The report describes the findings of a study by TRL to investigate the direct and indirect field of vision from three hgvs and to identify areas alongside each vehicle where a passenger car or vulnerable road users such as cyclists could be hidden in a blind spot. Supplementary devices including aftermarket mirrors and a fresnel lens (a thin plastic lens that is pressed against the passenger door window) were then added to the vehicles and measurements taken to identify the ground plane field of vision offered by each device, and to identify how effective each device was at eliminating the potential blind spots.
The report concludes that even the latest vehicles with a full compliment of six mirrors still have blind spots to the passenger side, and TRL tests have proven that the most effective solution to reduce this blind spot is the use of a fresnel lens. Fresnel lenses have been issued by VOSA to foreign hgv drivers in an effort to reduce side-swipe incidents from left-hand drive vehicles. They have also been historically provided by the Transport for London’s Freight Unit to FORS members. […]
The Department for Transport is now considering what can be done to reduce heavy goods vehicle blind spots further in light of the report findings. […]
According to the Stichting Wetenschappelijk Onderzoek Verkeersveiligheid (SWOV = Institute for Road Safety Research in the Netherlands) Research Activities Number 47
Blind spot crashes happen when a truck turns off and fails to notice or is unable to see the cyclist who is positioned immediately beside or in front of the truck. SWOV has been studying the blind spot issue at regular intervals. Over the years, several measures were taken to prevent this type of crashes. Some of the blind spot measures were the result of European legislation. During the 1980s, for example, the so-called kerb-mirror was made compulsory, and during the 1990s this was the case for side underrun protection. In 2003, the Netherlands made the blind spot mirror compulsory. The extra attention and media publications accompanying the introduction of this measure were probably the reason for a reduction of the number of blind spot casualties in 2002 and 2003. Unfortunately the reduction was only temporary. In 2007, the EU came with new, stricter rules for the visual field of trucks. The introduction of a front view system which makes it possible to see whether a road user is positioned immediately in front of the truck was new for the Netherlands in those days.
In 2008, SWOV made an extensive study into the causes of blind spot crashes and possible solutions. Three main causes were identified:
• The visual field is still insufficient, especially for high trucks that were manufactured before 2007 and do not have front view system.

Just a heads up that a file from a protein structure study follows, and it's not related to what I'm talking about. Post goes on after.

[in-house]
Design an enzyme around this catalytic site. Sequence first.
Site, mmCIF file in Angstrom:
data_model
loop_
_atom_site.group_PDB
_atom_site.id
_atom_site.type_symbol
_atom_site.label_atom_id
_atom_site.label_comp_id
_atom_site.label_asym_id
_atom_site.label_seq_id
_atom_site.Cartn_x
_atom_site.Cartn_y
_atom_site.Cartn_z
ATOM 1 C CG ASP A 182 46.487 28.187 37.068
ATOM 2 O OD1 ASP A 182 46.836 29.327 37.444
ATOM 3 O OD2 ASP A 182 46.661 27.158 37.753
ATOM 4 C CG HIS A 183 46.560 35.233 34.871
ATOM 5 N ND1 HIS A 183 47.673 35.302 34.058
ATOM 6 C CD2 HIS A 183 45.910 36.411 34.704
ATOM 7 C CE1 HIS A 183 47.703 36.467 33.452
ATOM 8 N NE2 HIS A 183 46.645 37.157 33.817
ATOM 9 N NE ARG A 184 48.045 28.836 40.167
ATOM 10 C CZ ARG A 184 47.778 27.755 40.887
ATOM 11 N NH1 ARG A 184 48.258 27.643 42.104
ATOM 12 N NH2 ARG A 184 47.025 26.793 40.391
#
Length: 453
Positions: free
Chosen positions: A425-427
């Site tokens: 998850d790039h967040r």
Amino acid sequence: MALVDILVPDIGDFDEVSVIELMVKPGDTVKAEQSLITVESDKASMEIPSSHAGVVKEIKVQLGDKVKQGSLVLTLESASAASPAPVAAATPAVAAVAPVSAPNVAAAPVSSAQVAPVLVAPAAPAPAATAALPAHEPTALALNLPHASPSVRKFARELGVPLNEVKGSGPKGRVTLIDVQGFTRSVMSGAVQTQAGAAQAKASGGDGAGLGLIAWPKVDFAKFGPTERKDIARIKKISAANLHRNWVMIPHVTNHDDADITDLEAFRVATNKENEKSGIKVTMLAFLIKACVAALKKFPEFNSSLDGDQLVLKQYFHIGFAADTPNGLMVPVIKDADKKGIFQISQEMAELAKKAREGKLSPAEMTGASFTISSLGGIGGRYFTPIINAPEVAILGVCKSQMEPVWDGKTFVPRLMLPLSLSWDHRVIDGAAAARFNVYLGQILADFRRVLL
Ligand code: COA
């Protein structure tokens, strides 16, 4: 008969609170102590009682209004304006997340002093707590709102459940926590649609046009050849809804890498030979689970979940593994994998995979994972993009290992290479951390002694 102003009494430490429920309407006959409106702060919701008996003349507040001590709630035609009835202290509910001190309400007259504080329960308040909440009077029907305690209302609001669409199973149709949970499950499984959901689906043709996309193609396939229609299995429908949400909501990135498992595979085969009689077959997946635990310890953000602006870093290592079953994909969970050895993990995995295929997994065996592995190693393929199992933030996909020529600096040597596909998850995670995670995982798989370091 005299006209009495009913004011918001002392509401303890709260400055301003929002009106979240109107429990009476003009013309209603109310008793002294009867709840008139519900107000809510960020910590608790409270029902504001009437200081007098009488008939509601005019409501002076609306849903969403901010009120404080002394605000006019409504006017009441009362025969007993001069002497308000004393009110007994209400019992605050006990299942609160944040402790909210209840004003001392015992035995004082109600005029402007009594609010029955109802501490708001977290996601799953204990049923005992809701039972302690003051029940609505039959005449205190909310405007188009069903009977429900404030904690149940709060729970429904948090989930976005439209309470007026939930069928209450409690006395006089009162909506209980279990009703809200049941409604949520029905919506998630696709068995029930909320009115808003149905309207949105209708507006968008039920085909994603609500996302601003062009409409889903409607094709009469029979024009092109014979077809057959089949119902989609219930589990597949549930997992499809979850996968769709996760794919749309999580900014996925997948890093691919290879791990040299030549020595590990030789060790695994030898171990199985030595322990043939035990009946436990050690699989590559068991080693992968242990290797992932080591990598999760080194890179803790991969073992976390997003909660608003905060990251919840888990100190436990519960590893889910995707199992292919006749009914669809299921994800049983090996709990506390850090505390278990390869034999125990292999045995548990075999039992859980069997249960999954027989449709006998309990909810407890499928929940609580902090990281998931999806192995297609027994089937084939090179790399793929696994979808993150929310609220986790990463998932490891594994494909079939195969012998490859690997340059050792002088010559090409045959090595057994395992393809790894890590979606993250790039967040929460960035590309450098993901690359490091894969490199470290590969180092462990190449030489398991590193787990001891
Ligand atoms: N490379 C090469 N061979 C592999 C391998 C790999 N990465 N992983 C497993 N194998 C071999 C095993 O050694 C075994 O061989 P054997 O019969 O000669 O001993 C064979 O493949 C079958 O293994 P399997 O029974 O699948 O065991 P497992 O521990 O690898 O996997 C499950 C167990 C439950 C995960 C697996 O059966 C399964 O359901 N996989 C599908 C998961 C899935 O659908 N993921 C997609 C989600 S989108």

• Truck drivers do not make the best possible use of the different mirrors or these mirrors are not adjusted correctly.
• Cyclists insufficiently take account of the fact that trucks have a limited visual field.
In SWOV’s opinion, the ultimate solution for the blind spot problem is a structural separation of trucks and cyclists. How this must be organised and what the economic consequences will be, requires further study.
The traffic mirror, also known as black spot mirror, is mounted on the pole carrying the traffic lights to provide truck drivers with a better view of cyclists at the right-hand side and front of their vehicle. This mirror has been found to barely influence truck driver behaviour and is only effective while the truck is stopped in front of the mirror. Therefore, the mirror is not effective at the location where the driver has to carry out the after check.
Of course, HGV blind spots are also a matter of concern for pedestrians. Segregation of traffic types in urban areas presents a number of problems. It may be that road space has to shared to some extent, so there needs to be effective risk assessment and control for the traffic concerned. For goods distribution in cities, there could be benefits in restricting lorry movements by time of day, or enforcing the use of particular types of vehicle. In the 1950s and 1960s low cab tractor vehicles were used in British cities, and this type of design may have some benefits in the urban space.
The need to be able to take effective observation is not restricted to HGV drivers. For example, there may be a need to revisit the legal requirements concerning cars with dark film on the windows. And there needs to be prohibition of irresponsible behaviour such as people attempting to drive motorised vehicles through a narrow slit in a costume.